This quote, by Ralph Waldo Emerson, shows up in random places around my house depending on who needs it within their line of sight the most on any given day.
Emerson was an American essayist, lecturer, and poet, who was a leader in the Transcendentalist movement in the mid-19th century. At its core, transcendentalism was about the inherent good in man and in nature.
The key tenets of Transcendentalism are that everything is a reflection of God and that people are basically good. Also that contemplating nature can allow you to transcend the real world and go to a higher, spiritual level. That individualism and self-reliance are better than following others or depending on tradition. And that a person’s true feelings and intuition are more valuable than book knowledge.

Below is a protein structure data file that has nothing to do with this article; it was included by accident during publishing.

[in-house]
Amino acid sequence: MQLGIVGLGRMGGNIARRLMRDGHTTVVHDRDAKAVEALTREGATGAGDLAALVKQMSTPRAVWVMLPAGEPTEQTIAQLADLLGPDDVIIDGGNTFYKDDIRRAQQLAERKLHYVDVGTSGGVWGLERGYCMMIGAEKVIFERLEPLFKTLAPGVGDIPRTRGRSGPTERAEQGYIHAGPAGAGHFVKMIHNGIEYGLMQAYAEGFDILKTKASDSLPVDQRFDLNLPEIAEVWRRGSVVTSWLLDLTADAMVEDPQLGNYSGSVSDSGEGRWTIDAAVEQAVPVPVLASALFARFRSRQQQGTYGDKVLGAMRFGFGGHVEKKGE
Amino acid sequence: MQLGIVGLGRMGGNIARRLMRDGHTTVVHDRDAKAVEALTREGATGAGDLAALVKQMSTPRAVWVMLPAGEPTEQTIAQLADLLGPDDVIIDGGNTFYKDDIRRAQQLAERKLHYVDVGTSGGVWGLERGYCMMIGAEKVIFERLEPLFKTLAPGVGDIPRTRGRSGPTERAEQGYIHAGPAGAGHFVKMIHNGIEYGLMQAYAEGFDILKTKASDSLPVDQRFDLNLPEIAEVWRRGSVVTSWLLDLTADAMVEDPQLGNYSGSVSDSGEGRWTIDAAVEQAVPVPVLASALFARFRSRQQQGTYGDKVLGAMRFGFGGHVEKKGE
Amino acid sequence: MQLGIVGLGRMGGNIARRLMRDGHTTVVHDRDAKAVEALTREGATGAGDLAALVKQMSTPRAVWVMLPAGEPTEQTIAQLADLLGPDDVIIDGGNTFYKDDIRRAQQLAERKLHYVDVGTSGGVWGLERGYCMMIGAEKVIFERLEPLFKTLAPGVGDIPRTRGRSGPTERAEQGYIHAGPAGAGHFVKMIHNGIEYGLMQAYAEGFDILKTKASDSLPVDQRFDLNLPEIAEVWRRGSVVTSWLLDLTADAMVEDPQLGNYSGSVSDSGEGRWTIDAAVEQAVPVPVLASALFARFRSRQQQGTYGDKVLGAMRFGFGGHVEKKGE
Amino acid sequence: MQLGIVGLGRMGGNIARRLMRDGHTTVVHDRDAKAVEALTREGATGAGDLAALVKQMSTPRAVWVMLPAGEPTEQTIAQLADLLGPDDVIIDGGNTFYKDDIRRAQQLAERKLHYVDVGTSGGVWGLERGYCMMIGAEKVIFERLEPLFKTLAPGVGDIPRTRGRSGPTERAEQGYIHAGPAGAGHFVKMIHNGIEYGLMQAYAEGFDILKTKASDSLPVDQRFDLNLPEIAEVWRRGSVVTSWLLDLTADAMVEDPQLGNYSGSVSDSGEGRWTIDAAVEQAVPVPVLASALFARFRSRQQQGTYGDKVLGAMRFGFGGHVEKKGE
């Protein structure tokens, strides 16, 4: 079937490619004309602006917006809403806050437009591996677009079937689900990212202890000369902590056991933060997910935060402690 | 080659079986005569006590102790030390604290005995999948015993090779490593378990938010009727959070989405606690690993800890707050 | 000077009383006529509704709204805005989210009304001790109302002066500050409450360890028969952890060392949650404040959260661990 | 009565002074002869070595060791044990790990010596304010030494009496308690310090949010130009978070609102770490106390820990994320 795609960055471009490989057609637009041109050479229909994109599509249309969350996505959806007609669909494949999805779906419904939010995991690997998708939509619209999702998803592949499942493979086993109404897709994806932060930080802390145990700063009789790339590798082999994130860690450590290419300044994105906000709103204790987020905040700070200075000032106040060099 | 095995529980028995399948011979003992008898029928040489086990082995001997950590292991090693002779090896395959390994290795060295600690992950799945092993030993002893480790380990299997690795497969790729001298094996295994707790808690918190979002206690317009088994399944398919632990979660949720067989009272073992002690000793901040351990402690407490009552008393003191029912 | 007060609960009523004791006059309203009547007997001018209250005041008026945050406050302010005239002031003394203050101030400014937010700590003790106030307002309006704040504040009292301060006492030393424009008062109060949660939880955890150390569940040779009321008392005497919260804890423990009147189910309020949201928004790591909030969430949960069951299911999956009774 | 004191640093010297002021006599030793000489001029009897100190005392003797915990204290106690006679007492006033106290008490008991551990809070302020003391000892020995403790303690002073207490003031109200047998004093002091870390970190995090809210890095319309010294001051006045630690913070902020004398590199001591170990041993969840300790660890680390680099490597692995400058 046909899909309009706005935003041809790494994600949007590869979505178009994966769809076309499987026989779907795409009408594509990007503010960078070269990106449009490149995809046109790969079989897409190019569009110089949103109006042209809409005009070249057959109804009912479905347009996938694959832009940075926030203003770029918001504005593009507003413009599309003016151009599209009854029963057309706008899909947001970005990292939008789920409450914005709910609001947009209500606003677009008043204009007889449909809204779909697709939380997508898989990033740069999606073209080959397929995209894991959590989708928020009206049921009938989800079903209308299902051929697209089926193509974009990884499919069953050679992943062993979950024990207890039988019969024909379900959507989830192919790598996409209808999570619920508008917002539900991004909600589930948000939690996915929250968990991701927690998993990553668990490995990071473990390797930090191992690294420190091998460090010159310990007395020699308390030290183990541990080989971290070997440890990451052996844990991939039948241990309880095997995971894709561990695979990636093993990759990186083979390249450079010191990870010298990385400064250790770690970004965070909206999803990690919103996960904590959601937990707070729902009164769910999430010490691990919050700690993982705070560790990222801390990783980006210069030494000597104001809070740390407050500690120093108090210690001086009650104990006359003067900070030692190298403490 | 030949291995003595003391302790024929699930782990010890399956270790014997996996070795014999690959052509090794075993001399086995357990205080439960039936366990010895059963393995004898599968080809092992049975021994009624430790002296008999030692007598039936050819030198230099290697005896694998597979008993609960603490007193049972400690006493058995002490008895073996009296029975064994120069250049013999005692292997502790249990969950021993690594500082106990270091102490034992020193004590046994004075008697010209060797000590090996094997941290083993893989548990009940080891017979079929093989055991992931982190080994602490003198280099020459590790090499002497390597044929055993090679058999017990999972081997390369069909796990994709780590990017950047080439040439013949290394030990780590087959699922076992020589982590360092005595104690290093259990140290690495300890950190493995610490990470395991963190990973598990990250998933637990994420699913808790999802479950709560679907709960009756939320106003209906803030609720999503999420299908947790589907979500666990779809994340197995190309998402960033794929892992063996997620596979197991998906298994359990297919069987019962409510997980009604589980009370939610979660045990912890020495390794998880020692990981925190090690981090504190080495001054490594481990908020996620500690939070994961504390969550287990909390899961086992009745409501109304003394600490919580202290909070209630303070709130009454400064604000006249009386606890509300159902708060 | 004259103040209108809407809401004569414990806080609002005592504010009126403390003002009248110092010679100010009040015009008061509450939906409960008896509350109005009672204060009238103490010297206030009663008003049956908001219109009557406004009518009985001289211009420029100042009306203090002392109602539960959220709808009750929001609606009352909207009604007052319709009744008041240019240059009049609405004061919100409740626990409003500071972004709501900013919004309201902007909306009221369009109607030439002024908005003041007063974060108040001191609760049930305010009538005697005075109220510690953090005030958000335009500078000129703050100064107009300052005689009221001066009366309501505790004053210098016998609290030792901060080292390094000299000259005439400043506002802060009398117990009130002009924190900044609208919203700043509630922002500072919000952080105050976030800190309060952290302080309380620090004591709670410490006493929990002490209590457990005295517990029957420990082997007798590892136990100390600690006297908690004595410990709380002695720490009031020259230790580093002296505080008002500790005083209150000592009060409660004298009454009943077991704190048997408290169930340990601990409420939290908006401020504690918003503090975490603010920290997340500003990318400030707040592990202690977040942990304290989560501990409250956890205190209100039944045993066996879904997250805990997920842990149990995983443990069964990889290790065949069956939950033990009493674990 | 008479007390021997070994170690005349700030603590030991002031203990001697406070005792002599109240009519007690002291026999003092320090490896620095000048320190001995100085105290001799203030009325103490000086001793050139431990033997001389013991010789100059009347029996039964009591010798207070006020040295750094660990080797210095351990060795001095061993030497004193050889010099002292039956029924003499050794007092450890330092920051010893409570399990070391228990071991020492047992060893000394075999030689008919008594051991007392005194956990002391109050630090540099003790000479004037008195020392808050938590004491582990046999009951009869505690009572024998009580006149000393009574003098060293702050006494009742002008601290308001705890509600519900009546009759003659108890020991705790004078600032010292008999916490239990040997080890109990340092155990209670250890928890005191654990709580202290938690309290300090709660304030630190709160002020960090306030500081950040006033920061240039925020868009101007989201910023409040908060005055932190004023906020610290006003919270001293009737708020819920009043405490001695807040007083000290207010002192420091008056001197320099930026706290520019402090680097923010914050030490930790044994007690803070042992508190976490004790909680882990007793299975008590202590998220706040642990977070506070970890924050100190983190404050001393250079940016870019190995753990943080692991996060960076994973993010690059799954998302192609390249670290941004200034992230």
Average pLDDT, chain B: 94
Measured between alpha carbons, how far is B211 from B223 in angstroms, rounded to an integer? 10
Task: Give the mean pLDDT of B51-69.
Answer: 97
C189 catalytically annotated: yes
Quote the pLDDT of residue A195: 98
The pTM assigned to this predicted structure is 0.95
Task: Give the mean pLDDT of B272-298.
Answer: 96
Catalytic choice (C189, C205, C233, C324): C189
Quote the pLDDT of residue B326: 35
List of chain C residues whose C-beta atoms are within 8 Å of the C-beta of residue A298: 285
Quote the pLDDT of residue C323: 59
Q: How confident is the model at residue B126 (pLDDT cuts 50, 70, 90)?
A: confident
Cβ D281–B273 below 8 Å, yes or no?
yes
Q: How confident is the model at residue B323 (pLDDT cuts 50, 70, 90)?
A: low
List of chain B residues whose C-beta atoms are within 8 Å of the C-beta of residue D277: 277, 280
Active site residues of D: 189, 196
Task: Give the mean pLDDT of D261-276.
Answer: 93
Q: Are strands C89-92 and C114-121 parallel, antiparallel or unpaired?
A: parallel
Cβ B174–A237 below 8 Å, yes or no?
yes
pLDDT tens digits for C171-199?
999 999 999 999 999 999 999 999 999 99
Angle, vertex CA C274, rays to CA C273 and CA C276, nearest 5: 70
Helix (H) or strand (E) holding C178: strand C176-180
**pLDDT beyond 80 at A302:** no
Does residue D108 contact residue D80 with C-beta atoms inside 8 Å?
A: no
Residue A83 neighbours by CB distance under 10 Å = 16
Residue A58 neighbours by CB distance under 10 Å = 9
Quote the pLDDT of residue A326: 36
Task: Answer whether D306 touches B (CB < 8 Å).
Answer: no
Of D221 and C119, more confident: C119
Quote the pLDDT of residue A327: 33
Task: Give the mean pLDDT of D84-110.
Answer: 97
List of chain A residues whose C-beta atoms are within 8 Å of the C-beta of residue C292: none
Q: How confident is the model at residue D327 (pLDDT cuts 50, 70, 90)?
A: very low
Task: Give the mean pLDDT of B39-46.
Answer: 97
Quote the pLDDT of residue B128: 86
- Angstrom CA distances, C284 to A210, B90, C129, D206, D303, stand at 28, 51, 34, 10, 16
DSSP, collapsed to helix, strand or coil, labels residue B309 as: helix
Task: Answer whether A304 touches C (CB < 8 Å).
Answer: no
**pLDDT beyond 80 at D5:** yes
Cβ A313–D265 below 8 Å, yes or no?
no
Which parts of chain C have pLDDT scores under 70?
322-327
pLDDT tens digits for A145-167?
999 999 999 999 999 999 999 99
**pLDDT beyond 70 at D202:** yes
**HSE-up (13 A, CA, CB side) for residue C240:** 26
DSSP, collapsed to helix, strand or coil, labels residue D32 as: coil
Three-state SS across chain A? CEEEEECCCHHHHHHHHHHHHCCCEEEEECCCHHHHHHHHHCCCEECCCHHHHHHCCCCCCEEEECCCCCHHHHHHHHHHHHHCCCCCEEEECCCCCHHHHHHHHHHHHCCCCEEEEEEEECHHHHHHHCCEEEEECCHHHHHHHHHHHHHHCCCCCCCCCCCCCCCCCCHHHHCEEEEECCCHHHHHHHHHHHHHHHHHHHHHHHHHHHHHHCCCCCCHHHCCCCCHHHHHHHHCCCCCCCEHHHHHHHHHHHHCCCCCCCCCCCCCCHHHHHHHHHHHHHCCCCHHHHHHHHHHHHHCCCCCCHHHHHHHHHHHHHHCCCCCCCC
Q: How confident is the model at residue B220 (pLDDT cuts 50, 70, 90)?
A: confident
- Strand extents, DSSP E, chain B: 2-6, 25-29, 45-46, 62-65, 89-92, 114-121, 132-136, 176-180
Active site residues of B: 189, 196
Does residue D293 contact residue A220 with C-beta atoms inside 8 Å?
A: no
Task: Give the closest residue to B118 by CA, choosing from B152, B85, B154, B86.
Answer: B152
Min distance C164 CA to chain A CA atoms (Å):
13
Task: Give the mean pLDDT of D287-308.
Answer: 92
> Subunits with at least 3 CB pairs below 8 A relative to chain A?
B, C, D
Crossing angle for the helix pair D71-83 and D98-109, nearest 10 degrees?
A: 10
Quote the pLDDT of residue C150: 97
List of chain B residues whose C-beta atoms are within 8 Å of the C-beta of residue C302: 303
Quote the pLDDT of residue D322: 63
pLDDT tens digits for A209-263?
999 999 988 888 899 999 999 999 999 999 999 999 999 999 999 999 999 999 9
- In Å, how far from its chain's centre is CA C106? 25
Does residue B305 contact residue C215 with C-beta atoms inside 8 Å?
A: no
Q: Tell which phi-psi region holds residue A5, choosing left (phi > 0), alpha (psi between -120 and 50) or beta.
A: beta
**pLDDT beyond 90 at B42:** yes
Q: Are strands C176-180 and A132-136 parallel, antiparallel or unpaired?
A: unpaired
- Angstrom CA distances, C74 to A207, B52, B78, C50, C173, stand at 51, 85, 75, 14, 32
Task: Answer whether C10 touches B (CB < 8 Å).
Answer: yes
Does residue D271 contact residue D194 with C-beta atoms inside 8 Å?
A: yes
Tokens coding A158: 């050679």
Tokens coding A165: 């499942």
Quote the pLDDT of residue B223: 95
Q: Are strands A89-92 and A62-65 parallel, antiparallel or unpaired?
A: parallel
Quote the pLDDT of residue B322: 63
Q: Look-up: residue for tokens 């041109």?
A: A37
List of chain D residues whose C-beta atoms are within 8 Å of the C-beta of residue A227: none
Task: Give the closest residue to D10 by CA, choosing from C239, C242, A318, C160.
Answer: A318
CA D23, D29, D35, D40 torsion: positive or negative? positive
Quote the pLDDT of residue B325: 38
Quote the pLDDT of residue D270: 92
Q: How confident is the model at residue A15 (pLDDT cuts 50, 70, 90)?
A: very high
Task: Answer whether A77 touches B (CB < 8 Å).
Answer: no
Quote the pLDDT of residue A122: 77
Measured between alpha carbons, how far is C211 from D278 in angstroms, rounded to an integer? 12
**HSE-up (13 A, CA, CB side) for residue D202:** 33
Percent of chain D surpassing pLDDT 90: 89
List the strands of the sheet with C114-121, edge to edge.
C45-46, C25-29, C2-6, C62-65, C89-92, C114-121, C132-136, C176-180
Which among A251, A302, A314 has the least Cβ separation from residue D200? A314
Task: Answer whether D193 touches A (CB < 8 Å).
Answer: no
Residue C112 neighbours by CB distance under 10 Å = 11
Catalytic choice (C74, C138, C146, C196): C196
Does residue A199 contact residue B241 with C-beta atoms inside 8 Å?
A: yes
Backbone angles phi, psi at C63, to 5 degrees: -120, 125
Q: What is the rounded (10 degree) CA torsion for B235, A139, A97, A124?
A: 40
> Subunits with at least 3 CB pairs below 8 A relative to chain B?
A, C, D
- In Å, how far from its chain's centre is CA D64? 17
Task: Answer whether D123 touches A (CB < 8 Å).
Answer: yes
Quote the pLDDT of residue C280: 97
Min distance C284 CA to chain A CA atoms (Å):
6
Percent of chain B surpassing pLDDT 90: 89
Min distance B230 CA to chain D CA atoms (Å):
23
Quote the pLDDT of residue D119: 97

Other key figures in the movement were Walt Whitman, Henry David Thoreau (also said to have possibly written this quote), Margaret Fuller (the first woman to earn a living at full-time journalism) and John Muir (I just learned this about John Muir and it makes perfect sense since Muir Woods is my favorite place in the world.) Oh how I would love to have dinner with this group. Wow.
I am grateful to have had a wonderful discussion with my sons about the Transcendental movement earlier today– and frankly floored by their knowledge of it and beaming with pride because of their depth and compassion as human beings.
Also grateful to have these lovely words to remind me of the importance of perspective in this universe. Thanks for reading.